The temple was nestled in the mountains, amid streams and trees and all sorts of other lovely things.  We stopped and played in the water and on the rocks before heading back to the buses.  I think that I was slightly worrying my orientation coordinators when I all of a sudden stopped and insisted that I have a cigarette immediately.  But no, I had not discovered a sudden urge to smoke tobacco.  I got stung by a wasp on the way down, and years ago my dad had taught me this great remedy for drawing out the poison by putting a tobacco paste on the wound.  So I got my cigarette, fixed my leg, and got some funny smiles in the process :).

Some of the rocks on the way to the Buddhist temple

Entrance to the temple complex

Inside of one of the buildings

Evening worship service

Saturday was glorious.  We had the entire day to do whatever we wanted – no meetings, no classes, no nothing.  I went to the beach for a few hours in the morning – it was a beautiful day – and then went and explored a beach cave that I had read about in a tourist brochure.  It’s really random – it’s this huge natural cave located right in the center of downtown Donghae.  I love caves, and this one certainly did not disappoint.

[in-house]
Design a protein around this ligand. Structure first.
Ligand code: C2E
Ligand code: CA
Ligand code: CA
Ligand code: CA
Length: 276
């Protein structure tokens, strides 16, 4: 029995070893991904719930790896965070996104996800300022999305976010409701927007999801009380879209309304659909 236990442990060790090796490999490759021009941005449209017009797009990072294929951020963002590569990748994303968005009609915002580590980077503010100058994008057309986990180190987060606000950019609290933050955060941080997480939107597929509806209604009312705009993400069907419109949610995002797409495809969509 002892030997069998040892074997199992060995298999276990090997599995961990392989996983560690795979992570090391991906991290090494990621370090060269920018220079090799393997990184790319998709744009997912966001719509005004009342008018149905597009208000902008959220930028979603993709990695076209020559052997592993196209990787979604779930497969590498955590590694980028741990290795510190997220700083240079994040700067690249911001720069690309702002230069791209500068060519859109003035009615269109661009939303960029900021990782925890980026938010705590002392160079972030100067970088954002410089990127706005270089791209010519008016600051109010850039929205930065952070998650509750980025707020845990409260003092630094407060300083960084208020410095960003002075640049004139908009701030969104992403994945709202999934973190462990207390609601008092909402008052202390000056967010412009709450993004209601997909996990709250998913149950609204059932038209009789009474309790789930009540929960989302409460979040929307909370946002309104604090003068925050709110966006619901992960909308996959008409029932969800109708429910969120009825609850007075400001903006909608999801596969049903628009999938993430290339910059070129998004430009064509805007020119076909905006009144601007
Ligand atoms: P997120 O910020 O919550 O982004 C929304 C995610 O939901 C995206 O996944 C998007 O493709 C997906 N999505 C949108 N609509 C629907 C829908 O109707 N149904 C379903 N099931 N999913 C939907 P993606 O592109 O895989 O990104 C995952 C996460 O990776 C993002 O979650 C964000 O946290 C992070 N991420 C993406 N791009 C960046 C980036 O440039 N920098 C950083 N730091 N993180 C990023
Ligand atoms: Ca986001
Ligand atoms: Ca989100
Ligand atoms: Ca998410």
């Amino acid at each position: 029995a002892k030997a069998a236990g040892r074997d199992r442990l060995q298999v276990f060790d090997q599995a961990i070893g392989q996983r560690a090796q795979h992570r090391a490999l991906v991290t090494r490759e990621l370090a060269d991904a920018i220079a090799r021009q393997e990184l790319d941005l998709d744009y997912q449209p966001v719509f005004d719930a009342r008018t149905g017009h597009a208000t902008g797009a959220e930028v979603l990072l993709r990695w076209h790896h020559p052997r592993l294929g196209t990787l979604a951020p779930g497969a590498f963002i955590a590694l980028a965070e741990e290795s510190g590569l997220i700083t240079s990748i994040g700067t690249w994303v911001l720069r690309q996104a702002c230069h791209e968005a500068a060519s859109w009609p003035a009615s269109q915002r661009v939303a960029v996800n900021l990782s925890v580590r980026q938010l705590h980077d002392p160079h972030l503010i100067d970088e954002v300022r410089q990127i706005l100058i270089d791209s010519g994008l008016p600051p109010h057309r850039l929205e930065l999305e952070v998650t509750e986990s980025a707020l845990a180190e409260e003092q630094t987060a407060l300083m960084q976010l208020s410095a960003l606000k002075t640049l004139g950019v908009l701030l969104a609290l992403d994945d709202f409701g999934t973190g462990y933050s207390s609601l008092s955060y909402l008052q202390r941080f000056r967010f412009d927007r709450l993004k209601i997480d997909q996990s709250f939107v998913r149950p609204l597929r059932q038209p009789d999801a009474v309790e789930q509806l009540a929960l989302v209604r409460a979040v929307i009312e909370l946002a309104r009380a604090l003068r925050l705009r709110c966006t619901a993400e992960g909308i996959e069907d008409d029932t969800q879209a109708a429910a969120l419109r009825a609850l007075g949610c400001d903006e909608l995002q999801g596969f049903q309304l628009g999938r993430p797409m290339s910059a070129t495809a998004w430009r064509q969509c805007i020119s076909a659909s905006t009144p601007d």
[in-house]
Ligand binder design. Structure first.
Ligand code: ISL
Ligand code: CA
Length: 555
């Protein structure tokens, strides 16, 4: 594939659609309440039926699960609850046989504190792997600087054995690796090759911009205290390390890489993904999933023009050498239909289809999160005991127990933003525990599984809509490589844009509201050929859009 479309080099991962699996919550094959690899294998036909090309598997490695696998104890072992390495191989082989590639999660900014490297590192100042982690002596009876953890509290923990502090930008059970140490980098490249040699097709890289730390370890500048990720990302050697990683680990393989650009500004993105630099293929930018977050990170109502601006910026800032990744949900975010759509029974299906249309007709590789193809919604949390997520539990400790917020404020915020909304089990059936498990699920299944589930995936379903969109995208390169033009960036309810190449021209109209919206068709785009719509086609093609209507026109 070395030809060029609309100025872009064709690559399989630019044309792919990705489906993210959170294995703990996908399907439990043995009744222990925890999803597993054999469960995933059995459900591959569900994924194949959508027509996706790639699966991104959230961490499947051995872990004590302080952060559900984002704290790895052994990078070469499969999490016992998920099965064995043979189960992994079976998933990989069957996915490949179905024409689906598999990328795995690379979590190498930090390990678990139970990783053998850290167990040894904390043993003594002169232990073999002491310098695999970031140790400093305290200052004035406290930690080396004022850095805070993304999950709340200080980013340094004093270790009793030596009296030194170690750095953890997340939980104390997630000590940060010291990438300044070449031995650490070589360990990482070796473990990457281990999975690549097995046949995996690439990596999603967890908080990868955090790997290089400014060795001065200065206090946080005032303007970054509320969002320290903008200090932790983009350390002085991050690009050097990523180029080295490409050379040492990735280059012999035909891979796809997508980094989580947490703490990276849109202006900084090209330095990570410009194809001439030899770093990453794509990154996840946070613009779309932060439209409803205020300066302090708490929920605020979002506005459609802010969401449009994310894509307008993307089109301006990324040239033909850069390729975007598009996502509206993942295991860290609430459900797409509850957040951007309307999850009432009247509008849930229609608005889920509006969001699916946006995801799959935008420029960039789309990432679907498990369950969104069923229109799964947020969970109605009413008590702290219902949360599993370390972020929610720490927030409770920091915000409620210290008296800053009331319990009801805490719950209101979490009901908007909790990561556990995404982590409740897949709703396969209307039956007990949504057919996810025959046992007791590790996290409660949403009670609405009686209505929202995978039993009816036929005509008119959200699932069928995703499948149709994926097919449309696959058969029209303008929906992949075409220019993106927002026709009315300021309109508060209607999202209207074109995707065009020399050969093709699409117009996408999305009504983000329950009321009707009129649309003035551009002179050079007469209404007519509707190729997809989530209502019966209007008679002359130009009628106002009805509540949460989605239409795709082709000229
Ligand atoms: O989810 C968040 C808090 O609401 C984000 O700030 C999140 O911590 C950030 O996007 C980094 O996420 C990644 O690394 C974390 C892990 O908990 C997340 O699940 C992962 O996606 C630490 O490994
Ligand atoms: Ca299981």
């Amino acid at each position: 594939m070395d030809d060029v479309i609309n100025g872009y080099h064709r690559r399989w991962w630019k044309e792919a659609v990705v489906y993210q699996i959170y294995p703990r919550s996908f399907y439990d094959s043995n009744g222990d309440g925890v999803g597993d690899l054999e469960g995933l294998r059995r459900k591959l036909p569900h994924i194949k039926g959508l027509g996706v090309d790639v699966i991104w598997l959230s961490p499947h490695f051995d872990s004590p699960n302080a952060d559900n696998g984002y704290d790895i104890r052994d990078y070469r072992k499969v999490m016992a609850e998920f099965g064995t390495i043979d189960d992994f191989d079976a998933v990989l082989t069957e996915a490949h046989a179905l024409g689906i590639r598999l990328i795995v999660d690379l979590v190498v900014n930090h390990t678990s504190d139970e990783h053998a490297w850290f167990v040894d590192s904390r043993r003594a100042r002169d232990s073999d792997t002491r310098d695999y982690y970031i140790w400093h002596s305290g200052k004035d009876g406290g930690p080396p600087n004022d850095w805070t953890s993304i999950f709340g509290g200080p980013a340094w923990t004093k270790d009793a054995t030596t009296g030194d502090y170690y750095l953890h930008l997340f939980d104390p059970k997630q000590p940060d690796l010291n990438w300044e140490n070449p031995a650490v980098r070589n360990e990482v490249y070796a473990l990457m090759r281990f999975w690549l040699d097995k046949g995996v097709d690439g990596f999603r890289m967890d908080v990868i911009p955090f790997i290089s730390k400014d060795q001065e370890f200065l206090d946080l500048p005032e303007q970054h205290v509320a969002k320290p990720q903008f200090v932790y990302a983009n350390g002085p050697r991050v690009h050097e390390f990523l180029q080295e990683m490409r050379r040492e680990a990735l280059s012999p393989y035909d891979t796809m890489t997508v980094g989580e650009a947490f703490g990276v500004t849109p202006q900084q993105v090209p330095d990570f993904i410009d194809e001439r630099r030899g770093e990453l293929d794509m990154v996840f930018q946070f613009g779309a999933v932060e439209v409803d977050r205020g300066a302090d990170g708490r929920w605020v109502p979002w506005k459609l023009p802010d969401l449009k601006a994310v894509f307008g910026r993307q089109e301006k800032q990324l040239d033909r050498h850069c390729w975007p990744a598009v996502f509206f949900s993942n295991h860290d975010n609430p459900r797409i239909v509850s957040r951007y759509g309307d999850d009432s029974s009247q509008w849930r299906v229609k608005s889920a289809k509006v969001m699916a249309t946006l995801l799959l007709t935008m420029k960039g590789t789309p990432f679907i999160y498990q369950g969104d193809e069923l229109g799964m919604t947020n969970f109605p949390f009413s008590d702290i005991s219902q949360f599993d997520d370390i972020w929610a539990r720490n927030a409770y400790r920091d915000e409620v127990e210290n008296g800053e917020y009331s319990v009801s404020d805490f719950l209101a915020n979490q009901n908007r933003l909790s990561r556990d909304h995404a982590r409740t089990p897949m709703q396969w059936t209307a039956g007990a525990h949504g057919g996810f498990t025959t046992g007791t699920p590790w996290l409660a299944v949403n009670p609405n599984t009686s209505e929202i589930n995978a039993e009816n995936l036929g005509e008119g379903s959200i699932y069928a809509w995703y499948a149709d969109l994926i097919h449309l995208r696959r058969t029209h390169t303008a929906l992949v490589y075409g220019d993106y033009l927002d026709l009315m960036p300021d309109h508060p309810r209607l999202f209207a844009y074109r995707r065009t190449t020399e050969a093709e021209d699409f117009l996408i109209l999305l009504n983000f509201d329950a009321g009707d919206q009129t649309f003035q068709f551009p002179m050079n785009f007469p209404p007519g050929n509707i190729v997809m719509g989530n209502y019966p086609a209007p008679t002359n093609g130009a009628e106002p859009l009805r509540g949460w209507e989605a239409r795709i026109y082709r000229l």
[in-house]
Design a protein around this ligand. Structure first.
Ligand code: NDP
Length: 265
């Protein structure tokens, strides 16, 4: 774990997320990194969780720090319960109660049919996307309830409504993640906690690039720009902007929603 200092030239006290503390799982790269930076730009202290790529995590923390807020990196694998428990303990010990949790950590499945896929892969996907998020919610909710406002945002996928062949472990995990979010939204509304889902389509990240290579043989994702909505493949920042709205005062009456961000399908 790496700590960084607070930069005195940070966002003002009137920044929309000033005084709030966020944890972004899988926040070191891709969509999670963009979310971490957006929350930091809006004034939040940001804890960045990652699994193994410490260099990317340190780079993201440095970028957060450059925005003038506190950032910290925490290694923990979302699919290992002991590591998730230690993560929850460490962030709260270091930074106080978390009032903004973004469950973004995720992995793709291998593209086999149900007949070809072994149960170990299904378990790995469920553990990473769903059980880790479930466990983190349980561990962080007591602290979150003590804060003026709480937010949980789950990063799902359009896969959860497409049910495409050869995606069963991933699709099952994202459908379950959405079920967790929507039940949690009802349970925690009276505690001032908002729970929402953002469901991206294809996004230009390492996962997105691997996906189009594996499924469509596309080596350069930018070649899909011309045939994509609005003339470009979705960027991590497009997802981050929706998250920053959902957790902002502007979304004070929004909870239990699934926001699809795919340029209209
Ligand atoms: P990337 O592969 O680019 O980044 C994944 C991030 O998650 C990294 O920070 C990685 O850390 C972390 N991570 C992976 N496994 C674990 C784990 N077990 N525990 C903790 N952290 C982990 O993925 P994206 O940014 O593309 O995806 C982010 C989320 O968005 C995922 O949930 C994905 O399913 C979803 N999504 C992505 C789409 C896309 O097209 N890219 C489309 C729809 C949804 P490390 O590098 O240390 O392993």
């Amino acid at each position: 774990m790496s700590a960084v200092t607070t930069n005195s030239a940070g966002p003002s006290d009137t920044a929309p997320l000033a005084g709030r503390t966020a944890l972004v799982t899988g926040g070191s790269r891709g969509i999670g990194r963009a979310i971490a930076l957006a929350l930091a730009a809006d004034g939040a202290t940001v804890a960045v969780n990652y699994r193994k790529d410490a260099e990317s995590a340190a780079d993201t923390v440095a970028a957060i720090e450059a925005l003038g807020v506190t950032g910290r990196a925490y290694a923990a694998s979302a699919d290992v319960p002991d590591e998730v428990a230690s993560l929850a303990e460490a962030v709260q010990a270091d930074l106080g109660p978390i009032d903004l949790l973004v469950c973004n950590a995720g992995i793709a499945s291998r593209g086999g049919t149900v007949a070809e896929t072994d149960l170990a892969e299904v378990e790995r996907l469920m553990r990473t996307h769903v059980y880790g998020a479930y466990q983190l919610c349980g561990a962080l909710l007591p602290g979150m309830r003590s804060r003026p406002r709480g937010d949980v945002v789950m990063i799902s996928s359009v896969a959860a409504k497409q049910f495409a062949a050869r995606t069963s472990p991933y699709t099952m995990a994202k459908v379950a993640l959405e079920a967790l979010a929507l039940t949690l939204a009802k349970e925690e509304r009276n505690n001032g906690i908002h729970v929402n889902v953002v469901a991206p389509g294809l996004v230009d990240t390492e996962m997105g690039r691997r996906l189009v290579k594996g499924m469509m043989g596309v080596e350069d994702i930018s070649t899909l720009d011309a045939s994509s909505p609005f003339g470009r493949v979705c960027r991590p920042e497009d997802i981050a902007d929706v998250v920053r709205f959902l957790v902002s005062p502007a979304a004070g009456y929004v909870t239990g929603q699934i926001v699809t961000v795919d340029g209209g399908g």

Yay for beaches!!  Saturday was Christiana’s birthday 🙂

Dinner the first night was simply a huge buffet, of which the most exciting thing that I ate was a tiny octopus – the entire animal was only about the size of a golf ball.  I’d had octopus before, but never a whole one; even though I don’t really like octopus, I ate it just to be able to say I did :).  Far more exciting, however, was Saturday night dinner.  Samgyeopsal (삼겹살) – pig stomach – is a very popular Korean dish.  It’s also a very unique cultural experience.  We are seated at tables with small grills built right into the table, and then the waiters bring out plates of raw slabs of meat.  The diners grilled the meat themselves at the table, which is then wrapped up into pieces of lettuce with slices of garlic, peppers, onions, chili pepper, kimchi (we grilled ours right along with the meat!), mushrooms, sesame oil, plus a host of other things which I have no idea what they are called.  So you wrap it all up in the lettuce, and eat it with your hands; definitely NOT a good first date meal! 🙂  Aside from the initial distaste at the thought of eating pig stomach, it was delicious, and tons of fun to make, too!  That’s why I don’t ever ask what I’m eating in a foreign country before I eat it, lol…

My first Samgyeopsal experience

And it’s definitely an experience 🙂

Sunday morning we checked out of the hotel.  It was a wonderful weekend, but I must say I’ll be glad to have a bed again.  I spent the whole weekend sleeping on the marble floor – many parts of Korea don’t use beds; they simply put a sheet on the ground.  

Our bed!  Sort of….

The hotel we stayed at in Donghae